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The nuts and bolts of preparing a real property levy.

This is a property sold at an execution sale for a client in 2021 for over $2,500,000.00.


This blog post is the nuts and bolts of preparing a real property levy.  It assumes you’re you’ve determined that a real property levy is viable.  I’ve written a separate blog on that issue here. Once you have determined that a property you have a judgment against is appropriate for a real property levy now you must take all the steps necessary to have an execution sale.   This process is highly technical and requires a lot of time and patience.

This property was sold at an execution sale in April 2021 for $2,835,000.00


First, obtain a writ of execution for the county which the sale will take place.  Make sure you have included all of the allowable costs and calculated the interest prior to filing a memorandum of costs with the court to seek the writ of execution. 

Next, prepare the application for real property levy with the county sheriff in the county where the sale will take place.  Each County’s application is slightly different, but it will likely need to include a legal description of the property you intend to execute on (you can typically find the legal description on the deed to the property).  You submit it to the sheriff with the writ of execution and the levy fee.  Some counties require only a deposit, some to record the levy, and some counties ask for the whole fee to sell the property upfront, which can be thousands of dollars.

The sheriff will process the levy, and if everything is in order they will record it and send it back to you. Once the levy is recorded you must make an ex parte application to sell the property.  You must serve it on the sheriff within 20 of days of the levy.  If the property you seek to sell in the county where the judgment was entered you just use your normal case number.  If the property is not, you must file an abstract of judgment in the county where your property located to get a case number to get your ex parte heard and order to sell the property issued.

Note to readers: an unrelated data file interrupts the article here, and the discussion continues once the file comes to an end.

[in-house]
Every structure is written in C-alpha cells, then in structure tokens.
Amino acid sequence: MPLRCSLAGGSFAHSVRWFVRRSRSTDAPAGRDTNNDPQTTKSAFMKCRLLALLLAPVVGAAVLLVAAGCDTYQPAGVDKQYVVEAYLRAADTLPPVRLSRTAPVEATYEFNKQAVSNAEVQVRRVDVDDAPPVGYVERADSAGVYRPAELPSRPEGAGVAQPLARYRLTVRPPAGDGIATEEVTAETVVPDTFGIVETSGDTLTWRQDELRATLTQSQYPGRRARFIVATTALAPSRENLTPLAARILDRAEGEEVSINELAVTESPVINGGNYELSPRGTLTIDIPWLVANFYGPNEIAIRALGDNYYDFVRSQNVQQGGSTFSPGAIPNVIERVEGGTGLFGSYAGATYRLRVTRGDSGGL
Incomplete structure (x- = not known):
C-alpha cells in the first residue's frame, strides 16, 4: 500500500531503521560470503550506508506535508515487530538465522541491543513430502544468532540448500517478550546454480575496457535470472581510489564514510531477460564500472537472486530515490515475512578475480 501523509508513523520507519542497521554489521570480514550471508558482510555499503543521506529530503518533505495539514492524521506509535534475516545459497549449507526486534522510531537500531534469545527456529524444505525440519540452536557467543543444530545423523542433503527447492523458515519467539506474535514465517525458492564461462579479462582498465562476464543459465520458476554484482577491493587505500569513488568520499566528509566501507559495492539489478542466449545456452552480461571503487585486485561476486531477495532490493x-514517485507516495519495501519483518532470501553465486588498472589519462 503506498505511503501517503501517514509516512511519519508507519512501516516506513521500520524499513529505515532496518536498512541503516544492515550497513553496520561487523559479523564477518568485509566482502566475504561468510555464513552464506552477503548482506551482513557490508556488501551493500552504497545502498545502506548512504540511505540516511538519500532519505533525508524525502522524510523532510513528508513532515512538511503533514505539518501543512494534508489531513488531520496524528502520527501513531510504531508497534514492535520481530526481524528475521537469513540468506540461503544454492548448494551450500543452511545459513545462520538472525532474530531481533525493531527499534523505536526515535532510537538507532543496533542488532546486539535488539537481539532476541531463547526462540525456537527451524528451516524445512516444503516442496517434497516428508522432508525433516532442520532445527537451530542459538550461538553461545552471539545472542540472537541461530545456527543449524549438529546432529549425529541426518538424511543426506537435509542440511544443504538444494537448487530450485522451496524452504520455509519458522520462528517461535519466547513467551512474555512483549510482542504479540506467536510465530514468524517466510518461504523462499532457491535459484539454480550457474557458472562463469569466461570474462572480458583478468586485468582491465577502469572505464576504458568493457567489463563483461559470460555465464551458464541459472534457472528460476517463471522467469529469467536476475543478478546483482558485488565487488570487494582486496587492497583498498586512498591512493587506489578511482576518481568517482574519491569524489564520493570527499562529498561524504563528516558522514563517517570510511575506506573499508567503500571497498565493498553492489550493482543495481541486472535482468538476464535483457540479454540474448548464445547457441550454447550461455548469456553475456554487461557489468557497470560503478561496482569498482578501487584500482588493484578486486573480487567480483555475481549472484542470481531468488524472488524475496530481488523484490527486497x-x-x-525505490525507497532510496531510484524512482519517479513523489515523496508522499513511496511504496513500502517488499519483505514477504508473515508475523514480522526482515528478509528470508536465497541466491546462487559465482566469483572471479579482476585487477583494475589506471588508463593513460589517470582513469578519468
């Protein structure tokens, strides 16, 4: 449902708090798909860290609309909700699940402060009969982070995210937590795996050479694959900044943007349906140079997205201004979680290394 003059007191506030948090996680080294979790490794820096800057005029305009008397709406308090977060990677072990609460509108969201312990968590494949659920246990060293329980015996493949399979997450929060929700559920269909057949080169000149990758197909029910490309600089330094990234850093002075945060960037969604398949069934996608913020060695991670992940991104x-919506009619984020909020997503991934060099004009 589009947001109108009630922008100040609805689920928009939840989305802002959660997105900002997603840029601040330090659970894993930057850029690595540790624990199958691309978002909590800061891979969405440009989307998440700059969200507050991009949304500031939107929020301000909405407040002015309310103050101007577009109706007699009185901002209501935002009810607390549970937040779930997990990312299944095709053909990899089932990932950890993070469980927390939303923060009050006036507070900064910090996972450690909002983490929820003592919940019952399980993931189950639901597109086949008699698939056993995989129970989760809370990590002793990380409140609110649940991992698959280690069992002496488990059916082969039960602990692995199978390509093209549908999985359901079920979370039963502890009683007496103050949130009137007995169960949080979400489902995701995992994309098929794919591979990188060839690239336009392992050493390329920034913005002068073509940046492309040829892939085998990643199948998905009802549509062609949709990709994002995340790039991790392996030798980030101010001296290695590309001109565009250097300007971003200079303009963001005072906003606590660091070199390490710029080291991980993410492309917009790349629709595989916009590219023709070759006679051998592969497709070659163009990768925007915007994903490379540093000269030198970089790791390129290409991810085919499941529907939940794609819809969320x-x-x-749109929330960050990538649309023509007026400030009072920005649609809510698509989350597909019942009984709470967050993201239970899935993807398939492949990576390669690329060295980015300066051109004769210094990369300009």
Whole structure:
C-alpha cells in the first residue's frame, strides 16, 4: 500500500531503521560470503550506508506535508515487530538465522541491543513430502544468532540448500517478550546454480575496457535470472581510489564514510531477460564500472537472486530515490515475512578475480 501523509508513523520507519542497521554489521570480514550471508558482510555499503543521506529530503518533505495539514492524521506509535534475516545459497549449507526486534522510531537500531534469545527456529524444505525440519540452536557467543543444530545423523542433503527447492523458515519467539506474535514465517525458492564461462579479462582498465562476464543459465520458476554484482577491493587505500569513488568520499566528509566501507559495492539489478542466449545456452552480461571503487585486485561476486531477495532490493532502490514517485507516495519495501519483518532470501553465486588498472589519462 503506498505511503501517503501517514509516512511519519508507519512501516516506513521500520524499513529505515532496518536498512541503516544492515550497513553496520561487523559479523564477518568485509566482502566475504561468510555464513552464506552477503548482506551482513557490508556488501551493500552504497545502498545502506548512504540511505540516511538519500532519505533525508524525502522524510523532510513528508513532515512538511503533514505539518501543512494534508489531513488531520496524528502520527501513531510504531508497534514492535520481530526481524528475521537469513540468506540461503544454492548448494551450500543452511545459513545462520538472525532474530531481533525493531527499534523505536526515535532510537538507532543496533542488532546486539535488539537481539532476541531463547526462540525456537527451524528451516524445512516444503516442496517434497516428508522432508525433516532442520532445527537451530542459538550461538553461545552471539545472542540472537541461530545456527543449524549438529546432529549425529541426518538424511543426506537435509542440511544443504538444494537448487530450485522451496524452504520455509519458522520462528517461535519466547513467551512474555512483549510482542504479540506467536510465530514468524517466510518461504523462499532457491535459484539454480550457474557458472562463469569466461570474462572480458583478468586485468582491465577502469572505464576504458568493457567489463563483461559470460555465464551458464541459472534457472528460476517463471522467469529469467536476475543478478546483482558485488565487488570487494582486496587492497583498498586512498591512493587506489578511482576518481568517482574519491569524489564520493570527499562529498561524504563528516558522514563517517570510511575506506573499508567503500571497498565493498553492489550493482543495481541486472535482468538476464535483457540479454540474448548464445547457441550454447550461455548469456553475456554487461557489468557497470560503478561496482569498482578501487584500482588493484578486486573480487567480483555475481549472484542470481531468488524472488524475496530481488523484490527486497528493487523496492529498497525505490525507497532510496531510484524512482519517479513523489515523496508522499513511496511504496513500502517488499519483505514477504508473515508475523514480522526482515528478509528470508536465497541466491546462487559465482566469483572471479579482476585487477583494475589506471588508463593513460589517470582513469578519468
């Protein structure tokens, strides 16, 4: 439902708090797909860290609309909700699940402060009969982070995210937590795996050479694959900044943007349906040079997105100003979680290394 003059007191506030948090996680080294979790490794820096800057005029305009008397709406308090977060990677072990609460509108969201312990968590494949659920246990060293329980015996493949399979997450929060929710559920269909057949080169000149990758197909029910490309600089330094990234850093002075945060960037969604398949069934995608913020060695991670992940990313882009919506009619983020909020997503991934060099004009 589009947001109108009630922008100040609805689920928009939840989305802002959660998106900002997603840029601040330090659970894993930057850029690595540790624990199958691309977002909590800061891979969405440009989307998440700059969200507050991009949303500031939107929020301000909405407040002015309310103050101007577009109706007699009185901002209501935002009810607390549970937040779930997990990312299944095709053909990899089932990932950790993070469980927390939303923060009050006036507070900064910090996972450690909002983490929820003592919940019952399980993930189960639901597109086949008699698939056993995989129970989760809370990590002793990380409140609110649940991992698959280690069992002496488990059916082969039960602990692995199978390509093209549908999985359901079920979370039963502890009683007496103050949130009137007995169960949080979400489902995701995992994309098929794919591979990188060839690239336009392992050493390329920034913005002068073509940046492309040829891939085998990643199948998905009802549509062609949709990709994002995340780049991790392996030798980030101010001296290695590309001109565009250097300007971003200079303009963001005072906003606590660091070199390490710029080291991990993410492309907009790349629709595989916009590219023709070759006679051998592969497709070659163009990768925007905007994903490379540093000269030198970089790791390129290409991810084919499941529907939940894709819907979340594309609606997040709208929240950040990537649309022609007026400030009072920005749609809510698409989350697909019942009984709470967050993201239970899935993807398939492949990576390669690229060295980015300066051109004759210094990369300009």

While you can’t file the ex parte application for the sale of the dwelling until after the levy is recorded, I suggest that you prepare it (and the abstract if your matter is not in the same county as the property you are selling) prior to submitting the levy paperwork to the sheriff..   That way as soon as you get the levy back you can concentrate your efforts on obtaining the ex parte hearing date and getting the application served in plenty of time to meet the deadline.  

The ex parte application should identify all of the lienholders, their addresses, and the amount due on each lien (you should have obtained this information when you obtained your litigation guarantee or by sending a letter to senior lienholders, as I mentioned in the first blog on executing on real property). The application should also state whether there is a homestead or a veteran’s exemption, and the fair market value of the property.

If everything is in order with the ex parte application and service the court will set a hearing date for the motion for the order to sell the property.   The hearing must take place within 30 days of the ex parte application.  Once the court issues the order and gives you the time and date you must prepare a new notice of hearing. The notice of hearing and application for sale must be served on the occupants of the dwelling and posted on the property.